I had a question pertaining to ‘tongues’. I never spoke it, but I have
seen a person speak it right in front of me. I have talked to different
people who speak it, from different church groups and they seem to have
similarities in regards to speaking in tongues…

You can ask for it and God will give it to you. Just start praying and
it’ll come.
There is a sense of divine peace and power to overcme sin you feel when
you speak in tongues, like an untainted (pure) language that helps you
even overcome serious addictions.
It’s apart of the body of Christ today, it’s real and personal. It’s a
heavenly prayer language.

Now, I don’t speak in tongues, nor do I think it’s still around in the
same way as in the bible. I’ve studied it out and i’m convinced it just
died out naturally after it fulfilled its purpose and after the people
with the gift died off. But I must admit, I have to be honest, I’ve heard
this ‘language’ with my own ears and heard of its effects on worship from
people I respect who say they speak in tongues themselves. The experience
does seem ‘real’ to me at least in the sense of something influencing the
tongue to speak like that for an extended period of time. I don’t think
people can fake what I’ve heard for that long! And I don’t want to judge
anyone’s true personal experiences as ‘wrong’ or ‘stupid’ or just
’emotional’ just because I never had them myself. I think that’s a little
arrogant and narrowminded on my part. I’m sure some people do fake it
whatever ‘it’ is, I’m sure there is much emotionalism involved in
most groups who actually condone this practice and use Scripture to back
it up. What should my attitude honestly be in regards to this obviously
‘real’ phenomena (regardless of it’s abuse or forgery) and how can I be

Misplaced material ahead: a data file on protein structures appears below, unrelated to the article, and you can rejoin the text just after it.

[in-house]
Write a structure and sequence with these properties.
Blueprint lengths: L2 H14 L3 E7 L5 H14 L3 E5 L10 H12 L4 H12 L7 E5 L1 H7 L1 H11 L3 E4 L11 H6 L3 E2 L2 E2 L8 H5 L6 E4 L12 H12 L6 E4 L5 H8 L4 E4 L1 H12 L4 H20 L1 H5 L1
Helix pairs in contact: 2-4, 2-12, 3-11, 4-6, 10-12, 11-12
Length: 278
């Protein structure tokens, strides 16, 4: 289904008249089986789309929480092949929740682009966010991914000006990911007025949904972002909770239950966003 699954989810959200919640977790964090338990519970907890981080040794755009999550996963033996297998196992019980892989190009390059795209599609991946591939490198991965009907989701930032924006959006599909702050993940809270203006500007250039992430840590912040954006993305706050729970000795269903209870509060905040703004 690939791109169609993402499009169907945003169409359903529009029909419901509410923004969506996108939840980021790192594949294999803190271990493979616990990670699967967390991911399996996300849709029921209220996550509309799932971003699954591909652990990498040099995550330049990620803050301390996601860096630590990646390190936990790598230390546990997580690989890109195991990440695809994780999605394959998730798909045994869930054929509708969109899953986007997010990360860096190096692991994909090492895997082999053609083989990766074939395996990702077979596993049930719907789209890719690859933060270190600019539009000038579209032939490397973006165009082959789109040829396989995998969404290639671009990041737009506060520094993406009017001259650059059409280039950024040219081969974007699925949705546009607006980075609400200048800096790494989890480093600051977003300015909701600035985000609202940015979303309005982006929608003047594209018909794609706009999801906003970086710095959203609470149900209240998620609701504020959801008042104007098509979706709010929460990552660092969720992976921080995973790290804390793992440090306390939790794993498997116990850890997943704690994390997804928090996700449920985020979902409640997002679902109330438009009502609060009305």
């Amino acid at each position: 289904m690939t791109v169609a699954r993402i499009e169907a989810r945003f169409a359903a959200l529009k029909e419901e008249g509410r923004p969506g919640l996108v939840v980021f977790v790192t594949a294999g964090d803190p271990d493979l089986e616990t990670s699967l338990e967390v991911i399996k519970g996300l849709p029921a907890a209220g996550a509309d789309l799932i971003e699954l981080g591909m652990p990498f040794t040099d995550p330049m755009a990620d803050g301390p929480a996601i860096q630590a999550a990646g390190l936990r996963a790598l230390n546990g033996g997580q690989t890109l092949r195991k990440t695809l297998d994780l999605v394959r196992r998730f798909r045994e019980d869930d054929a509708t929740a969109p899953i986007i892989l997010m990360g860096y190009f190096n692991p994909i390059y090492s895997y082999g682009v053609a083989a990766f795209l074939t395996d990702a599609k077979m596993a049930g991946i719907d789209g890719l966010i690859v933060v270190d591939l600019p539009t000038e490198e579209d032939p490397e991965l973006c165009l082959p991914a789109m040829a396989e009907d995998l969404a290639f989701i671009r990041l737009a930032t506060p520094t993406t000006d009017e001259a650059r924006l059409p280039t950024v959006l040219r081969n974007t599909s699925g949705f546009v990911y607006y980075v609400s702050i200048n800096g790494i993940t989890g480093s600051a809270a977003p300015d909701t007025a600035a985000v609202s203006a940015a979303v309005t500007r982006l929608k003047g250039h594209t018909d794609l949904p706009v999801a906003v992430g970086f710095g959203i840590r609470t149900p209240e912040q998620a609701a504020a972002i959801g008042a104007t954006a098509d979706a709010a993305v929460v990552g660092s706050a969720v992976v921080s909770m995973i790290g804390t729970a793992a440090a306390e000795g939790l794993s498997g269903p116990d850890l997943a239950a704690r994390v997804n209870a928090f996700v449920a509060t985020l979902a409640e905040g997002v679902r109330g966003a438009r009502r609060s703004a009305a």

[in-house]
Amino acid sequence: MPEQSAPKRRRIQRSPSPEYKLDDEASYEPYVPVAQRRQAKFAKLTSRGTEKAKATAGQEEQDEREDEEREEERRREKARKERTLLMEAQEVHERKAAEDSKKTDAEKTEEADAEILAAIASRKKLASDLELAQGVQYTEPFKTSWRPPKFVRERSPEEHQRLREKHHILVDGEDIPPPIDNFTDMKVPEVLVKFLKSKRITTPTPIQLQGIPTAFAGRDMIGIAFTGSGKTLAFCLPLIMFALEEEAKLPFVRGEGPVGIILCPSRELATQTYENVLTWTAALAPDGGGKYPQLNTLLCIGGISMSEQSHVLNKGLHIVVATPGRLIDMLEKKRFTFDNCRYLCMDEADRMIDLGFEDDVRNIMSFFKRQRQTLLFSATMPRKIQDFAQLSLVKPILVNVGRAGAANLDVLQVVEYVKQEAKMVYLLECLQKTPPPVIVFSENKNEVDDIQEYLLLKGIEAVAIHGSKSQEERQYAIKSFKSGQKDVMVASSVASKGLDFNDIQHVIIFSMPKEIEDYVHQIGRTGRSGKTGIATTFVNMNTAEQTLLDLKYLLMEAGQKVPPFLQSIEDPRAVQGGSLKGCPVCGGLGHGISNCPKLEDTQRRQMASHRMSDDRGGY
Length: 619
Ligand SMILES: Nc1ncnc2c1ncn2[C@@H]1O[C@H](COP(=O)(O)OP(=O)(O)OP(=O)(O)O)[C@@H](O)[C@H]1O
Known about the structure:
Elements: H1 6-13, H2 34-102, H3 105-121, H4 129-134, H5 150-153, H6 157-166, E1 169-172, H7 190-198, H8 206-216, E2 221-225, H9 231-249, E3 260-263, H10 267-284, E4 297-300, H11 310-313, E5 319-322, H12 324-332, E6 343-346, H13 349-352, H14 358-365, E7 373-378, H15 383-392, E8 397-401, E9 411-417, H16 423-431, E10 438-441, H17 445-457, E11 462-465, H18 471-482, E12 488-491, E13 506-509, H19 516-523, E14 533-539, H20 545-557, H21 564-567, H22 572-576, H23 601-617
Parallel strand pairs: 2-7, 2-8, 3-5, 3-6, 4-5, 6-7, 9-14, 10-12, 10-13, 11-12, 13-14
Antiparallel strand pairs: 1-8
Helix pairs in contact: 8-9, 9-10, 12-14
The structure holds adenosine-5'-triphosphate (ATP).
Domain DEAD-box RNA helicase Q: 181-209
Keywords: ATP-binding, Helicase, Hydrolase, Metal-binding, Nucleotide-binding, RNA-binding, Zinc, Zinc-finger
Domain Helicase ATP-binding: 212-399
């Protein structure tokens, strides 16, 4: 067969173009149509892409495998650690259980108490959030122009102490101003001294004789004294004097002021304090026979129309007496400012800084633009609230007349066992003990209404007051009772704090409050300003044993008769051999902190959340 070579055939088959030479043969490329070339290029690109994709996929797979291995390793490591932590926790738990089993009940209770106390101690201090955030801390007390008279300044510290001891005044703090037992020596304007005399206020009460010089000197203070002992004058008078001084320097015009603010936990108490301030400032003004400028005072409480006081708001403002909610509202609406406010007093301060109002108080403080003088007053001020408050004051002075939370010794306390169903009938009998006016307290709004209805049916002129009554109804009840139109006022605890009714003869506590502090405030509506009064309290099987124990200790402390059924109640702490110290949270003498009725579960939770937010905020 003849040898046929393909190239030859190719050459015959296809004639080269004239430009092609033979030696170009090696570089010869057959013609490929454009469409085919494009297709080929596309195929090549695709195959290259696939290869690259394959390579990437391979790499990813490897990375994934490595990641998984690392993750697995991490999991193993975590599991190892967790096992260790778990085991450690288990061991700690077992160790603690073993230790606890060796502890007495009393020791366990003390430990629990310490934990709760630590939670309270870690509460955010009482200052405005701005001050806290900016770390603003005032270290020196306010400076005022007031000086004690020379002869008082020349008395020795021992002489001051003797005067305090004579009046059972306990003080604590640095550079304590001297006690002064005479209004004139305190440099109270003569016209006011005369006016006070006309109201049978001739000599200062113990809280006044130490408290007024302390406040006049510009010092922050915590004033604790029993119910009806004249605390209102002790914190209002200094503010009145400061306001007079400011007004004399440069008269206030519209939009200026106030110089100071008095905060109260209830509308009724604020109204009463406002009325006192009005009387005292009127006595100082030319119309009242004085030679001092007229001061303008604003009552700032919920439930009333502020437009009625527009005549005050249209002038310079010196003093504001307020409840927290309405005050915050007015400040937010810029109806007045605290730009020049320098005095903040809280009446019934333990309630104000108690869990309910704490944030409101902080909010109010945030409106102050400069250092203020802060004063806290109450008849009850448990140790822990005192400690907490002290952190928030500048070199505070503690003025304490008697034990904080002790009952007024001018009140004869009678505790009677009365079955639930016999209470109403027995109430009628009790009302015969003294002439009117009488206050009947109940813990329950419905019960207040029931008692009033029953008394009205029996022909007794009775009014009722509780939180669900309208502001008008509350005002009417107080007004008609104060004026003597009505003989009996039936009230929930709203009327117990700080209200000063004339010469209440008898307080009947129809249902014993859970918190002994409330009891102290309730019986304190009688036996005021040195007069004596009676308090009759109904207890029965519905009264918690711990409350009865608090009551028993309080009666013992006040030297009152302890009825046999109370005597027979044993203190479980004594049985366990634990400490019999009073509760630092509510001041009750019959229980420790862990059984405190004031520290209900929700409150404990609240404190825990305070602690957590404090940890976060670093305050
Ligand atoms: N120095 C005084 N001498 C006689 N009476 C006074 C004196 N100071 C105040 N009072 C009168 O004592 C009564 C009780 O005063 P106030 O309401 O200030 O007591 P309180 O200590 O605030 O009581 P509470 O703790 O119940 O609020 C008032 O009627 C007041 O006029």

sure that it’s real, ceased, or maybe it ceased and came back?


This is a very good question. You word it in a way which shows wisdom and
sensitivity, but also a desire to be biblical. I agree with you that the
miraculous speaking in actual human languages, which was passed to the
early Christians by the apostles, has almost certainly ceased. I do NOT
believe that this is a miraculous ability which these folks are having.
Nevertheless, it is a “religious experience.” Humans have the ability to
self-hypnotise through various activities. Native Africans and Americans
did this through rhythmic dancing. Other cultures induced the ecstatic
experience through the use of drugs. “Speaking in tongues” in the broad
sense is an aspect of nearly all world cultures. The Oracles of Delphi
did it. Sufis (Muslim mystics) do it, and so forth. For our supposedly
more rational Western cultures, we have a more sanitized version of
auto-hypnosis (forgive my poor use of vocabulary…. I do not know what to
call this effect.) which is the ecstatic “speaking in tongues.” I
certainly do not deny this effect. The experience is real. Whether it is
the mystical sufism or the native drum ceremonies or the ecstatic
utterance, it has a tremendous cathartic effect. The experience is always
very emotional. This is a “real” religious experience. It provides a
tremendous emotional release for the practitioners.

So you see that I do not deny the experience. I am even prepared to call
it a spiritual/religious experience and to accept that it helps believers
to have a sense of being closer to God. Perhaps it even has this effect!
I am not sure. What I do not believe, however, is that the
tongue-speaking experiences of these groups is not a true miraculous
speaking in another known (but not by that person) language. The
“requirements” and the results of these activities are consistent with a
real and fairly common psychological effect. Some people want to over
react and condemn tongue speaking as giving in to Satan. I disagree.
Personally, I have absolutely no desire to take part in this activity, but
I am not prepared to call it sinful or even bad or harmful I certainly am
not going to challenge such people and tell them that their experience is
bogus, as this will almost certainly be counter productive. Such
emotional belief is not easily overcome by rational argument.

Perhaps your attitude should be prayerful indulgence of this activity, but
certainly not support of it as a legitimate New Testament activity. Do
not bother trying to interpret these “tongues” as this would be a
meaningless activity, but you probably will not stop the ecstatic
utterances. It is not a matter of salvation, but you may want to very
patiently and lovingly explain to your friends why you are not
particularly interested in joining in.

John Oakes, PhD

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